This thesis investigates the way adults and children perceive speech. With adult listeners, the question was whether speech is perceived categorically (categorical speech perception). With children, the question was whether there are age-related differences between the weights assigned to acoustic cues that specify certain speech contrasts (cue-weighting).
One goal of this thesis was to test the categorical perception hypothesis. According to this hypothesis, the acquisition of the native phonological system changes listeners’ perception in such a way that they find it difficult to detect small differences between different realisations of the same phoneme, but relatively easy to detect equally small differences between realisations of two different phonemes. Several discrimination and classification experiments are described involving stimulus continua between vowels and between stop consonants. It is shown that categorical perception results are far from robust and that the degree of categorical perception is influenced by the discrimination task, the interstimulus interval, the listener, and the stimulus. Evidence is provided that listeners are perfectly capable of hearing small within-phoneme-category differences and thus that the acquisition of the phonological system does not have negative effects on the detection of differences between speech signals.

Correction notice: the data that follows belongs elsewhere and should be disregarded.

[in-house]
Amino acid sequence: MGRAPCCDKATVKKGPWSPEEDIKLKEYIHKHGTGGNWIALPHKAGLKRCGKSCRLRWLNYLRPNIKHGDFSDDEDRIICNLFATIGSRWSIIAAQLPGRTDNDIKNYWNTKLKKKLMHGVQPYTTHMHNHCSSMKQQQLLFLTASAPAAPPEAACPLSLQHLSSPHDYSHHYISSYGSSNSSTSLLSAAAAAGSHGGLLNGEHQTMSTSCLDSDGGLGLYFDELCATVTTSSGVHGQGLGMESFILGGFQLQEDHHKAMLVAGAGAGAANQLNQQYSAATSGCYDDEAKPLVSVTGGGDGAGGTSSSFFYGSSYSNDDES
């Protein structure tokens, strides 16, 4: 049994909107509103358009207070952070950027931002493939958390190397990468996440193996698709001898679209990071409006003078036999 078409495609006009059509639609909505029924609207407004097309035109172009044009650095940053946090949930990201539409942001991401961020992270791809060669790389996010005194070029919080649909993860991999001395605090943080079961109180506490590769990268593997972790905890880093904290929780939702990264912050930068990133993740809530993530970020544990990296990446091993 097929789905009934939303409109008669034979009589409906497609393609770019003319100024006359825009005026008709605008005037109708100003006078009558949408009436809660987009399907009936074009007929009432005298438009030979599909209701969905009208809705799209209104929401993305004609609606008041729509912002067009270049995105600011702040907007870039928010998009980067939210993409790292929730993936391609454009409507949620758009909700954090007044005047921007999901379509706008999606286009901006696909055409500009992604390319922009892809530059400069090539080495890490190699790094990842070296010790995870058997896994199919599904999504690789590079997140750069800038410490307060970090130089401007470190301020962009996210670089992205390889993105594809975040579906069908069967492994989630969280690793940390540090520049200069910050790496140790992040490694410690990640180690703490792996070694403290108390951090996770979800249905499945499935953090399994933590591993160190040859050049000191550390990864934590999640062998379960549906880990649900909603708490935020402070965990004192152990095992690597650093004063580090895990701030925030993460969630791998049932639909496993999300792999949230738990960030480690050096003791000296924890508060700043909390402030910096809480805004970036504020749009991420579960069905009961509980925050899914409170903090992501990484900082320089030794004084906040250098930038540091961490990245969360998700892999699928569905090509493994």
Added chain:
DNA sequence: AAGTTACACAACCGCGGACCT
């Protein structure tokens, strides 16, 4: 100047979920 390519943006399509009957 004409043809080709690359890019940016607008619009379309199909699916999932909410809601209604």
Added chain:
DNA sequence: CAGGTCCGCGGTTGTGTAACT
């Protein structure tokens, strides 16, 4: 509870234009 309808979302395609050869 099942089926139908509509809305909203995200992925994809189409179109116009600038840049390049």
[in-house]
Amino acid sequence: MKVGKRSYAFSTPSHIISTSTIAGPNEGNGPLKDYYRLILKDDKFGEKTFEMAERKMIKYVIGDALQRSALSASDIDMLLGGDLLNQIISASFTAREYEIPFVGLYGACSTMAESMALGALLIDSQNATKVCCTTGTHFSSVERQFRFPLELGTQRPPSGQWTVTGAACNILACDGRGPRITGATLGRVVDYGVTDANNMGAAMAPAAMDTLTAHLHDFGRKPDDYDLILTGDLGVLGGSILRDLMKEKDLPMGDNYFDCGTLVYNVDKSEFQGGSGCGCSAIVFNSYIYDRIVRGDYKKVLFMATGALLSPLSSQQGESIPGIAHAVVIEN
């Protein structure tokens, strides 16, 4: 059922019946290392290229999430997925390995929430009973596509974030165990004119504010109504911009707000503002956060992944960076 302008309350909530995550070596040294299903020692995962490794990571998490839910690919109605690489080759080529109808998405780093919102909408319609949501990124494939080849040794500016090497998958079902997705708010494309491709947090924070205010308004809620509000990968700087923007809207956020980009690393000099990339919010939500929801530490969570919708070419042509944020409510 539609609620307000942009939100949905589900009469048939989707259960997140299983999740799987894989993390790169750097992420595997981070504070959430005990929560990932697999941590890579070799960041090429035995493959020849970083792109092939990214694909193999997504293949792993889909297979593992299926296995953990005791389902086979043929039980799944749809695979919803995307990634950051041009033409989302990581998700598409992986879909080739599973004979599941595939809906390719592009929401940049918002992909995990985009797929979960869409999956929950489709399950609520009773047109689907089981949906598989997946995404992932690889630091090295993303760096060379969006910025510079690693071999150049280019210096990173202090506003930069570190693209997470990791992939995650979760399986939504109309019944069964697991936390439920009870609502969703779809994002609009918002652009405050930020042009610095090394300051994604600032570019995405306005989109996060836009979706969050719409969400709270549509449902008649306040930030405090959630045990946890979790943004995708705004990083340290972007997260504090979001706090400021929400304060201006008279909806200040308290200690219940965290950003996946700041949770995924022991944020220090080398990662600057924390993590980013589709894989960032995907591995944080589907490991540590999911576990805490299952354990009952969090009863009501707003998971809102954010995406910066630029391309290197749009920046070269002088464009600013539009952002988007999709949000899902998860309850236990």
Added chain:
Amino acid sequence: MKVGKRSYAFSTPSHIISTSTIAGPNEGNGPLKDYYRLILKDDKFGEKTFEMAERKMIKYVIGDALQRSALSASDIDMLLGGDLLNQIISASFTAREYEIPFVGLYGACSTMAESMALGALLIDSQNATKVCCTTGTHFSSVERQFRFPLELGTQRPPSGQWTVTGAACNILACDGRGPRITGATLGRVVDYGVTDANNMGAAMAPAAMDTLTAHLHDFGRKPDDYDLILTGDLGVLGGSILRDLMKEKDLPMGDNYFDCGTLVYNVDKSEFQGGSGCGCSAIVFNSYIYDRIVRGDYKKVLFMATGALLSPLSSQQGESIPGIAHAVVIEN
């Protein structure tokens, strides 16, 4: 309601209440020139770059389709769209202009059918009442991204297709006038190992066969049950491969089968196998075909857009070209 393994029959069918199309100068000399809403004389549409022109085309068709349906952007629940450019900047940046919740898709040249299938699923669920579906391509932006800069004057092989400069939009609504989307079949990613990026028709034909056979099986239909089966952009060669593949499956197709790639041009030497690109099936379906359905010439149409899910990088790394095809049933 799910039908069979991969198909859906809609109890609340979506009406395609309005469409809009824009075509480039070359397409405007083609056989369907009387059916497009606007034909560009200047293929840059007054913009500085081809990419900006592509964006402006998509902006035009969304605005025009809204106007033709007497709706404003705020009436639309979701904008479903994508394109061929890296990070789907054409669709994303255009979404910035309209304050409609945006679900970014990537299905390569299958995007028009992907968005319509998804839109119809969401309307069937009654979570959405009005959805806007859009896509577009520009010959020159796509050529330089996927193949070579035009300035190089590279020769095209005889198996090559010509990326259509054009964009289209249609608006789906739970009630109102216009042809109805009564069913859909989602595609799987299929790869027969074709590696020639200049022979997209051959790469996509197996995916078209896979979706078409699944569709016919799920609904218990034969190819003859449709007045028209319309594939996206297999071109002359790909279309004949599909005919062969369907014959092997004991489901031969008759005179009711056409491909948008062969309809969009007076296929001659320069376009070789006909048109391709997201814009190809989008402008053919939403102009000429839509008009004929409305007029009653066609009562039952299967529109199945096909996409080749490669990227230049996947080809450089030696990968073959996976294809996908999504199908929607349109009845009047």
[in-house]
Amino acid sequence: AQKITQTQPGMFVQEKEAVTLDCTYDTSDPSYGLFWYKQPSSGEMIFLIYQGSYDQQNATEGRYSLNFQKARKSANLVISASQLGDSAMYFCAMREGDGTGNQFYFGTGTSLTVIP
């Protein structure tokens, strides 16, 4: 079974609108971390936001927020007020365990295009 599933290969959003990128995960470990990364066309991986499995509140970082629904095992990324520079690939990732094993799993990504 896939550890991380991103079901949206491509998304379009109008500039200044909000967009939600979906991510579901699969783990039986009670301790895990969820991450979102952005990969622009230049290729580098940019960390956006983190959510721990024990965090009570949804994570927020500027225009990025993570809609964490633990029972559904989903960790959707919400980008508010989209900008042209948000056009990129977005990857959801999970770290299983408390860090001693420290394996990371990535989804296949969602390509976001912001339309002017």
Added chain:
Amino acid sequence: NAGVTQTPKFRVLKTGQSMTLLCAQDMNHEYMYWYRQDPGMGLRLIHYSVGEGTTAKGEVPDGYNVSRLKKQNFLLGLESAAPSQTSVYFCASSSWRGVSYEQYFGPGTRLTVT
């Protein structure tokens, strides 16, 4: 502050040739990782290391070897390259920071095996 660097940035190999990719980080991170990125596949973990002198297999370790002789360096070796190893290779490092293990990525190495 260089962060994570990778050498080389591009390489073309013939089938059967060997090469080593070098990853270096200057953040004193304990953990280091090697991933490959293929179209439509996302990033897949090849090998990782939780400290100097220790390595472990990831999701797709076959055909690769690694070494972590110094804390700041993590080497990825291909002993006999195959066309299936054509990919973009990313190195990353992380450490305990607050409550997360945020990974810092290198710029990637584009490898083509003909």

A second goal was to study the development of the perceptual integration of speech cues that specify a certain phoneme category. It was tested whether children of 4, 6, and 9 years old weight certain acoustic cues for stop consonants, fricatives, and vowels differently from adults. The results confirm earlier findings that children, especially the 4-year-olds, weigh certain speech cues more heavily, and other cues less heavily, than adults do. Children’s ability to adjust the weighting of specific cues in the variable acoustic signal provides further evidence against the idea that acoustic detail in the signal becomes less detectable as language develops.
This study is of interest to phoneticians and psycholinguists, as well as to researchers working in the field of experimental speech and language development.